• Ian McEwan’s ATONEMENT begins as a 1930′s Austinesque, morphs into a WW II war history, morphs again to be Post-Modern, and then ends on a decidedly anti-Post-Modern note, “There is a truth, and it matters.” I think his other stories are written as contemporaries, but this one novel earns him a place in British Historicals.

  • Lynn Dean says:

    I love Ellis Peters. Her Brother Cadfael mysteries brought the Crusade period to life. I have to remind myself that he wasn’t real. :)

  • Lori Benton says:

    But Lynn… he IS real. :)

    Have you read any of Peters’ historical fiction (not part of her mystery series)? I think it was all written as Ellis Peters. Her novel SHE GOES TO WAR (WWII) was the first epistolary work I ever read (or listened to, I believe I had an audio version of that). Loved it! Primed me perfectly for THE GUERNSEY LITERARY AND POTATO PEEL PIE SOCIETY (which I also listened to, read by several different readers).

  • Lori Benton says:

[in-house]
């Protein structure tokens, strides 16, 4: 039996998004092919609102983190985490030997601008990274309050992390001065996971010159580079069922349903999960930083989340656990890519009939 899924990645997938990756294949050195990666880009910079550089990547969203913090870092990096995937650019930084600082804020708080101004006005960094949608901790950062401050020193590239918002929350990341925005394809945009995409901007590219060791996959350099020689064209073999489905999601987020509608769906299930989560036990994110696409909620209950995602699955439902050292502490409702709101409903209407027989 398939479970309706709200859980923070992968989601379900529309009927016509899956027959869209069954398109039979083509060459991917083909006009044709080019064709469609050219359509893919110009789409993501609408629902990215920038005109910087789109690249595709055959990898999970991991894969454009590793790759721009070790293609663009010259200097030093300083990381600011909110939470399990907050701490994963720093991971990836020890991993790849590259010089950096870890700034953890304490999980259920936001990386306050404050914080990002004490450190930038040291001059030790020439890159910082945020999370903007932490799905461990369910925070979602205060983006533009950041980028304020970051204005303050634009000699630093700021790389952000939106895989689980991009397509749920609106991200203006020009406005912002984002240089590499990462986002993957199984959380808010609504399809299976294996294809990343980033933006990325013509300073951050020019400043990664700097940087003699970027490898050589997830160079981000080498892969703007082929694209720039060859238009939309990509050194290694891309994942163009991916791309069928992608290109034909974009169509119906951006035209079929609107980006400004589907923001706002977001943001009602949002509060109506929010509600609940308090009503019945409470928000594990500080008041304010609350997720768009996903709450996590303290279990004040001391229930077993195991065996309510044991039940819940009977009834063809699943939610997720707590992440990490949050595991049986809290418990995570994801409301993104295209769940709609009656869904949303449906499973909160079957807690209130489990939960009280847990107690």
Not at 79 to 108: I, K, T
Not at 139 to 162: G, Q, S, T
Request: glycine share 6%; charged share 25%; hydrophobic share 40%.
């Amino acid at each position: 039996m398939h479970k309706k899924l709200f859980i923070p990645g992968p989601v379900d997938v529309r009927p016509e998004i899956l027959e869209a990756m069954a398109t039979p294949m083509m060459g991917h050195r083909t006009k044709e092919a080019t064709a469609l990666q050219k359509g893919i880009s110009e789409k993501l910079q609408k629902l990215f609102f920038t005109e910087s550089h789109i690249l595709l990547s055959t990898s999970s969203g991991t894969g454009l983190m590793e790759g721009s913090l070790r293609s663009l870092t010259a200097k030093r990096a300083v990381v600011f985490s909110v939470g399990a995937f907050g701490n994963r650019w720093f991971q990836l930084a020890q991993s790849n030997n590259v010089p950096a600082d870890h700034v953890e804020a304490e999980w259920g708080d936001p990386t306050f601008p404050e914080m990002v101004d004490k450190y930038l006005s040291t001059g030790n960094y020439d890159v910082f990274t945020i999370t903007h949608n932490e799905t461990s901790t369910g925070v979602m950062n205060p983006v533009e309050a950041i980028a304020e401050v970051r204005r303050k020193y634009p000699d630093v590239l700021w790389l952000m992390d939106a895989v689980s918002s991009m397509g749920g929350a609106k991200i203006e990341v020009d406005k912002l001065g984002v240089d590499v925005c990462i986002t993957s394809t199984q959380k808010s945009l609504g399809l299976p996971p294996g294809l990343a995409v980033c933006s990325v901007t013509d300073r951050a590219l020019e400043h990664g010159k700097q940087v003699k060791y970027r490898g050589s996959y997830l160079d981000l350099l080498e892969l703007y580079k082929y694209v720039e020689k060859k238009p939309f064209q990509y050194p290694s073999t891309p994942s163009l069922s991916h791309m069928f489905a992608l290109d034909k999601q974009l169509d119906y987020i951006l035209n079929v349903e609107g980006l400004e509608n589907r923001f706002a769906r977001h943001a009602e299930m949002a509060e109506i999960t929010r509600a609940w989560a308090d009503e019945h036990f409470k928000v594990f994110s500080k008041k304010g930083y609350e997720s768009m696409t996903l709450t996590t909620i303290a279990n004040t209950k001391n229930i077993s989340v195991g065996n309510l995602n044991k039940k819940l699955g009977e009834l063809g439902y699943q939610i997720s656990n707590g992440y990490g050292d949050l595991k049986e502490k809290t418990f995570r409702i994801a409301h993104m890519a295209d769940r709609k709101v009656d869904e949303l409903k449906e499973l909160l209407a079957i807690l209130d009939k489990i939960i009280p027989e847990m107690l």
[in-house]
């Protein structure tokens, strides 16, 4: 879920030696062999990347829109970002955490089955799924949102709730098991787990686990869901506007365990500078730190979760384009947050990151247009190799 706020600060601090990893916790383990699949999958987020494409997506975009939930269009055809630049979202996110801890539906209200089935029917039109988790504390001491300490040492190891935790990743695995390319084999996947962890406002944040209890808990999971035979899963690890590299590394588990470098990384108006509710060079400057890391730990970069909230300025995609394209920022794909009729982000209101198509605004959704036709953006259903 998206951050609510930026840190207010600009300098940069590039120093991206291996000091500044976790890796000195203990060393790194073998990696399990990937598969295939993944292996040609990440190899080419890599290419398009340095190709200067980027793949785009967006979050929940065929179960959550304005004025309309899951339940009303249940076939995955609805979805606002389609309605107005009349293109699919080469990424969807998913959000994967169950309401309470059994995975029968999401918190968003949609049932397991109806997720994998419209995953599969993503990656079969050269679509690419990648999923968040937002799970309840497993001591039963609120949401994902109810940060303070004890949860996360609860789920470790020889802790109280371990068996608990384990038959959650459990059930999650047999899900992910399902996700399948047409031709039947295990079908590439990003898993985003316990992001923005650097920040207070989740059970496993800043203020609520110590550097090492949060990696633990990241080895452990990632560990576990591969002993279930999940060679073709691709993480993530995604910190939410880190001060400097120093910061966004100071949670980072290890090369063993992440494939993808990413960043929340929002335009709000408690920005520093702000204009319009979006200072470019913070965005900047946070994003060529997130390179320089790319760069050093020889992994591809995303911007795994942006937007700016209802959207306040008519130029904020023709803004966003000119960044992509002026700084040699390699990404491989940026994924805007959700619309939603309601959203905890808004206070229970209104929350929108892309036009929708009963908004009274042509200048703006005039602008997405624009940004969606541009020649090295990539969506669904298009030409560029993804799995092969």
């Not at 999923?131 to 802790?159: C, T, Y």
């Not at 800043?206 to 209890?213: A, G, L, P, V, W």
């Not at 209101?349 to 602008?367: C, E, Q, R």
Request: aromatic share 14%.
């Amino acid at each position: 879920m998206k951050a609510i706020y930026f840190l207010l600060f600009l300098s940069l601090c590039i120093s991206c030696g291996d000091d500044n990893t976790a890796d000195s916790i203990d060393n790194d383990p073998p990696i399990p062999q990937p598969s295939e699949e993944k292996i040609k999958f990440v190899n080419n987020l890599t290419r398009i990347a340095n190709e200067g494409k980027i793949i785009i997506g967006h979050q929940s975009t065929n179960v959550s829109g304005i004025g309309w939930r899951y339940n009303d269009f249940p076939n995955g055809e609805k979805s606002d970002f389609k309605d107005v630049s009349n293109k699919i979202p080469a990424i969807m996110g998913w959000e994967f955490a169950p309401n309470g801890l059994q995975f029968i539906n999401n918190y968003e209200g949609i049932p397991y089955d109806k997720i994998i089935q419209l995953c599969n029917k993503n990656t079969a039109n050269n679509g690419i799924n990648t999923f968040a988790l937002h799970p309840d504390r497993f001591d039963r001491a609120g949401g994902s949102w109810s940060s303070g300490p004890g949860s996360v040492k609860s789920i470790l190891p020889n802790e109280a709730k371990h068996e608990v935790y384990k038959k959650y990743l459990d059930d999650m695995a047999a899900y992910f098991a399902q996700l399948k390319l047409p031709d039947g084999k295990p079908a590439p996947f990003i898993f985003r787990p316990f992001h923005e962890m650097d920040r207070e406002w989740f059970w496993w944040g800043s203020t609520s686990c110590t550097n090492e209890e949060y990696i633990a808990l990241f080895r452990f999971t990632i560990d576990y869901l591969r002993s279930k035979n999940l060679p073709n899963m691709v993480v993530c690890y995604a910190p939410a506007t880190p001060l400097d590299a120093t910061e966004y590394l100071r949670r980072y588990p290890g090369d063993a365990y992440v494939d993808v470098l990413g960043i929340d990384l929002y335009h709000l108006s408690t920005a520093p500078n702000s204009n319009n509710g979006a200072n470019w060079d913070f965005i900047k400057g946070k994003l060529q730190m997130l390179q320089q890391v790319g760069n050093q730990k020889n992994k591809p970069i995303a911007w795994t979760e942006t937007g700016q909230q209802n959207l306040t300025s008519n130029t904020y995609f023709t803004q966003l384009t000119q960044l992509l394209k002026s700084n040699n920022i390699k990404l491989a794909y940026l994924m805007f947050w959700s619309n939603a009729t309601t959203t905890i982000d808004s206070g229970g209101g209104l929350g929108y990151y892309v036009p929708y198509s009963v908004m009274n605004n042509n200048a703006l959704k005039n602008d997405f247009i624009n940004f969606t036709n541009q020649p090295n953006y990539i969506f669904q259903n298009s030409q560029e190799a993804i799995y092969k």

Correction: I meant to say, I think all Peters’ historical fiction that wasn’t part of her two mystery series was written as Edith Pargeter.

  • Kathy Hurst says:

    My all time favorite is Patrick O’Brian’s Aubrey/Maturin series. Jack Aubrey is a British sea captain during the Napoleonic era. Those books have the sound and feel of the time. They are so authentic that I bought the lexicon, A Sea of Words, so I could understand the nautical terms accurately. I read all twenty of these and was so sad when I ran out of them.

    I also enjoy P. J. Wodehouse for the humor and Jane Austen. Another favorite is Wilkie Collins, who wroteThe Moonstone and Woman in White.
    Thanks for asking us about historicals this week!

  • I have a great respect for Patrick O’Brien’s work. His Aubrey/Maturin series is represented in full, in my collectable books. It was sad that O’Brien never achieved the acclaim due him during the greater part of his life.

    I have many Forrester novels as well and mark the inspiration/challenge O’Brien took Hornblower.

  • Interesting posts and discussions this week about historicals (though it’s been a busy week and I’m just now getting to read them)!

    I wonder, Etta, whether you think there’s much market for historicals targeting upper elementary or middle grade kids? I could see it as a good way to help history come alive for them, especially if the stories tie in with the things they’re studying in school. But do publishers see potential?

  • Nick Harrison says: